Harley-Davidson, Microsoft Explain Branding
Three of the big winners of the new InterBrand global brand ranking took the Times Center stage on Thursday to talk about how their brands have managed to establish a valuable identity. Jez Frampton, global CEO of the firm, said strong brands -- business strategy brought to life -- have enduring value. "Coca-Cola has been number one for 13 years because of its incredible ability to create long-term engagement," he said.
Big winners this year including Microsoft and Harley-Davidson enjoy that kind of enduring value. Their marketing chiefs, along with that of UPS, took the stage to explain why.
Mark-Hans Richer, CMO at the Milwaukee-based Harley-Davidson, had a lot to say about the enviable relationship the motorcycle brand has with its owners. "Customers control our brand," he said. But flashing a photo of what used to be the stereotypical middle-aged bald biker dude with the Harley tattoo, he also said the key to growth is not to make brand imagery sacred. To bring in new, younger consumers, he said, everything had to change. "The journey we are on is about taking a strong brand equity centered in one customer type and growing that to many other customers, to scale that passion. The important thing is not to obsess with the logo. A brand is what it means in hearts and minds of customers. The logo isn't holy."
When he was in his fifth month on the job (he's been at H-D for five years) the company rolled out a new identity in a way that turned out to be relevant to young adults. First came a new logo, the #1 skull -- a racing-style numeral 1 with a skull ensconced in the crown of the number. "Eight months later I met this guy in Houston," he said, projecting a photo of a younger guy with the #1 skull tattoo. "It made me see how quickly the passion could be recaptured in equity that didn't exist a year before."
Harley-Davidson also found a way to explain the affordability of its bikes without compromising the brand with low-cost models. "We didn't lower prices, or come out with cheaper bikes, we told [younger prospects] what it costs within the context of their own life choices." Ads suggested they could own a Harley-Davidson with monthly payments that would be less than boozing, overspending at coffee shops, or engaging in a tobacco habit, among other habitual payouts. Richer says the campaign paid off, with 40% of the brand's Facebook fans between 18 to 34 years old, a 10-point gain in market share with young adults.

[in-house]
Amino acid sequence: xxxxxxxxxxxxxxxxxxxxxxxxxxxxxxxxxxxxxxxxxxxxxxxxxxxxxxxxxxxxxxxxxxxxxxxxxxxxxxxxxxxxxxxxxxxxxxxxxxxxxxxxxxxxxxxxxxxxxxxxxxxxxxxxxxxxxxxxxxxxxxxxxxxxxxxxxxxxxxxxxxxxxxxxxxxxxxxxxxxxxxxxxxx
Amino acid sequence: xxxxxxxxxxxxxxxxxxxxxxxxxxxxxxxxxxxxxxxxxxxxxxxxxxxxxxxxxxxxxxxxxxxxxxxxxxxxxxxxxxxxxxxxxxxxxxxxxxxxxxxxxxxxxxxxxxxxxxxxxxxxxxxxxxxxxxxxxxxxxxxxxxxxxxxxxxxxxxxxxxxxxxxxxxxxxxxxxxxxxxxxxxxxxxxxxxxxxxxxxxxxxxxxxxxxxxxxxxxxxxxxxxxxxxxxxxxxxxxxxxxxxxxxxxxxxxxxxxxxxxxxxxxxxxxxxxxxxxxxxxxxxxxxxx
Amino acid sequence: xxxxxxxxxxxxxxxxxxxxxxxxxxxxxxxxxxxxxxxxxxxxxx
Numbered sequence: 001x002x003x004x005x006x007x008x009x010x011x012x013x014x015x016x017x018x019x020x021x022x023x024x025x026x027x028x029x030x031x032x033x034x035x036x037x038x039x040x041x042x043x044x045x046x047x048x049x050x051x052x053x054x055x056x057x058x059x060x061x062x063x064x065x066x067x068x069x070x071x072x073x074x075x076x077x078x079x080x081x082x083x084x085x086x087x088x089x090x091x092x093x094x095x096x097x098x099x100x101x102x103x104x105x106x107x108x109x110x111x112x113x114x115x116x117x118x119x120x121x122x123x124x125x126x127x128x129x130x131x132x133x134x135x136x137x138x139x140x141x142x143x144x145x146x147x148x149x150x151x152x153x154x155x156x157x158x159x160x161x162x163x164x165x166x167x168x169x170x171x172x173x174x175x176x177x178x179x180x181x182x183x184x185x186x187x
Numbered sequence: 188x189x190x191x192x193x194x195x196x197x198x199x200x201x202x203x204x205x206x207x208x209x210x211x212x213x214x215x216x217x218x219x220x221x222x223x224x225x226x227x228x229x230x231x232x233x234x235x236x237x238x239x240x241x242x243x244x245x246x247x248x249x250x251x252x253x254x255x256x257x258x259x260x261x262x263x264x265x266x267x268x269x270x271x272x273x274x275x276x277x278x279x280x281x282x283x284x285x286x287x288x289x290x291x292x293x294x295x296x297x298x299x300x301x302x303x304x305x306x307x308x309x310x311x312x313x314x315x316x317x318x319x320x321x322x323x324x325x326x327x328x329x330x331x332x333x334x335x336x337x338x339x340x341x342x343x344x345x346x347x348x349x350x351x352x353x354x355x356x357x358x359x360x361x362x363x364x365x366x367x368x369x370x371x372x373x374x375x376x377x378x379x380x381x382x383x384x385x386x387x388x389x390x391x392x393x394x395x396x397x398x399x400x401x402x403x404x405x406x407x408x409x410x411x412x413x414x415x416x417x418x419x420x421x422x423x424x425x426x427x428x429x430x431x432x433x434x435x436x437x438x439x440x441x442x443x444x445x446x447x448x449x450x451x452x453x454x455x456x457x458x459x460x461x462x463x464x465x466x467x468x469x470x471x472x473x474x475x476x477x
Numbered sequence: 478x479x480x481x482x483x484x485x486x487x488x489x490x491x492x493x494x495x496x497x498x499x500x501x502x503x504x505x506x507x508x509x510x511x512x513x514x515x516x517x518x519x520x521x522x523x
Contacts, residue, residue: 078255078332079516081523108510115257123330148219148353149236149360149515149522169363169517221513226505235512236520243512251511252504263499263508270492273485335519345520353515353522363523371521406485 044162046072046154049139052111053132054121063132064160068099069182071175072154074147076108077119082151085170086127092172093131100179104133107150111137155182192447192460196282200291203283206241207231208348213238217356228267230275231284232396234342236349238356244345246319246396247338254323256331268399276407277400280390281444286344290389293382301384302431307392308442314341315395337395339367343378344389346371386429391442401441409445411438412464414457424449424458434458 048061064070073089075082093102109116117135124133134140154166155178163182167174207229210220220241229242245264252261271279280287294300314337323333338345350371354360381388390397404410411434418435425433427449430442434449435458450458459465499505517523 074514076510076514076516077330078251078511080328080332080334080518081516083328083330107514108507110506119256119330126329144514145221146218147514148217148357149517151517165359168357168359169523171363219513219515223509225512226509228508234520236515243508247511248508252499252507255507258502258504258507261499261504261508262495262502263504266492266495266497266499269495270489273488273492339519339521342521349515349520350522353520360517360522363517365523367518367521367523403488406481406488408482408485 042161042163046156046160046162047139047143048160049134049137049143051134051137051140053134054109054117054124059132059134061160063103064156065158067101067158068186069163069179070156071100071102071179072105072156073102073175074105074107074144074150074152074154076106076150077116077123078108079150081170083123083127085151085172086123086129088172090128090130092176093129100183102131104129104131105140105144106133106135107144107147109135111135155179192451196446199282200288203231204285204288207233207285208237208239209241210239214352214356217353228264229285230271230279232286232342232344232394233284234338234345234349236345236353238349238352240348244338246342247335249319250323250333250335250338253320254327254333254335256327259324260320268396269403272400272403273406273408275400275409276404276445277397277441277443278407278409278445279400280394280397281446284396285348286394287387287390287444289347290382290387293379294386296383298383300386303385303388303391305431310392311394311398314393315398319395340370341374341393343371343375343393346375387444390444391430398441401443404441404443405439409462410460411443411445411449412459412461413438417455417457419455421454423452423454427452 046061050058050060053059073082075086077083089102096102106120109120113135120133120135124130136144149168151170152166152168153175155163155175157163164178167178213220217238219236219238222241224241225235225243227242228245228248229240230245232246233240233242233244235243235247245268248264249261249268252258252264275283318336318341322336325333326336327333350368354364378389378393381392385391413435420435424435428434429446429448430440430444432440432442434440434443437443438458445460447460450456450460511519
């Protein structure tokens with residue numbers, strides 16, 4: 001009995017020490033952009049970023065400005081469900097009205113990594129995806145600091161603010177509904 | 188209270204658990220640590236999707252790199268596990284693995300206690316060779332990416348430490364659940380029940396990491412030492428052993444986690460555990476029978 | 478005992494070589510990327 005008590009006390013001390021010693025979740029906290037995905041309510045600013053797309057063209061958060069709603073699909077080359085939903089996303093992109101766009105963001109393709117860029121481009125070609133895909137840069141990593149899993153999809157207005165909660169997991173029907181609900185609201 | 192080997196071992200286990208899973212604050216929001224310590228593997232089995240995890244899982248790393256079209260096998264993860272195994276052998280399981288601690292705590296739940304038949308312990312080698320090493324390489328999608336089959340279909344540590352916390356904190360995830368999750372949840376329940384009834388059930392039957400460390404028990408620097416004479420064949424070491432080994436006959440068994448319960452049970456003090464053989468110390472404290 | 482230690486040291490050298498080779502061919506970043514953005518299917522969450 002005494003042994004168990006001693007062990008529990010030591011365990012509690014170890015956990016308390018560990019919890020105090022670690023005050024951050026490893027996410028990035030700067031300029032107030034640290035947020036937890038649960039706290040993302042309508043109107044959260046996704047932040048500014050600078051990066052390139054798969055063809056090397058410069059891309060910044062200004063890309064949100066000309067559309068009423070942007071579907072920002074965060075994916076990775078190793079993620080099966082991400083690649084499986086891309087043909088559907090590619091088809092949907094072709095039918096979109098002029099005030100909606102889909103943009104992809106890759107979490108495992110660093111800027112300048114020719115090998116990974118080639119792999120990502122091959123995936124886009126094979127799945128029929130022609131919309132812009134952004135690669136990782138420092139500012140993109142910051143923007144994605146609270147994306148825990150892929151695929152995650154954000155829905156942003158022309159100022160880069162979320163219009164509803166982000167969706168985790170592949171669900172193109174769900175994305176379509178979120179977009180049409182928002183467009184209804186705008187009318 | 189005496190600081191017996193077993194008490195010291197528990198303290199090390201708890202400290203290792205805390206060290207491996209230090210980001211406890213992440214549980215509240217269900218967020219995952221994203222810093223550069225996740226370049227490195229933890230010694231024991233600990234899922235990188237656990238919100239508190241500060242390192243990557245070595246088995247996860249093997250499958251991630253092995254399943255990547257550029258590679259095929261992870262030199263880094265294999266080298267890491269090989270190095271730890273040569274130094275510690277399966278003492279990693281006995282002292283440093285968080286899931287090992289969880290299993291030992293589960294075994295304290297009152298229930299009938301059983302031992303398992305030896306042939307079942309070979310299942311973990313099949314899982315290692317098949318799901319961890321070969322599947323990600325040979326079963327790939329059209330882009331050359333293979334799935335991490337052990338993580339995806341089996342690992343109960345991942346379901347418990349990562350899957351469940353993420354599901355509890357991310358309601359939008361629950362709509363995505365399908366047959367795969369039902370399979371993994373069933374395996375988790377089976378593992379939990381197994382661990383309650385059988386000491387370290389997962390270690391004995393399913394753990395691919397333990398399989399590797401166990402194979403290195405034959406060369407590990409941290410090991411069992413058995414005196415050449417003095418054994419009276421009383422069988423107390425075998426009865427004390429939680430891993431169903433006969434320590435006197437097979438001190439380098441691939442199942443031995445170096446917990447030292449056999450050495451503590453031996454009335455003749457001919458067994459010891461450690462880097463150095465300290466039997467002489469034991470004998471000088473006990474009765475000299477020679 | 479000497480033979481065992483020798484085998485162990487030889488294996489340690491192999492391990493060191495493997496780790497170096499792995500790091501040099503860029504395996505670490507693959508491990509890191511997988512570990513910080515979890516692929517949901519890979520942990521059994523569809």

Jeff Hanson, general manager of brand strategy at Microsoft, says this year will be huge for the company, as it continues its "Life Tiles" content format, and corporate brand redesign. "We will be shipping new versions of every product in our portfolio," he said, adding that the key idea both for product and branding is shared design: "A common look and feel across products." Life Tiles plays informs everything from apps to the corporate logo. As an app, Life Tiles constitute a real-time billboard constantly presenting information. The same format is employed on Windows 8, Xbox and Windows Phone. "Applied to brand strategy, the common look and feel across brands makes it easier for customers to use multiple products, and customers are wanting and demanding that fluid end-to-end experience." The new corporate logo, no longer an ideogram of a physical window, is a square life tile image comprising four colored tiles is meant to celebrate diversity, per Hanson.
Richer said the one-word meaning for his brand is Rebel, the verb, not the noun. "It's not just for customers but employees as well, to execute against the brand. We created a brand legend, with reBel [sic] at the center of it. It's about personal identity, being your truest self and having the courage to be that. If we do have strong brand loyalty it's that owners aren't loyal to us, but to themselves."
As a side point, Richer did a group ride through China to Tibet recently, as part of the company's 110th with Chinese dealers. He said they stopped at 16,500 feet at a symbolic rock outcropping where people repaint Chinese characters carved into the stone. He asked someone to paint in Chinese characters what Harley-Davidson meant to him. He painted characters for "freedom." "We are sending it around the world. It was blessed by the Pope." I guess that's the ultimate brand endorsement.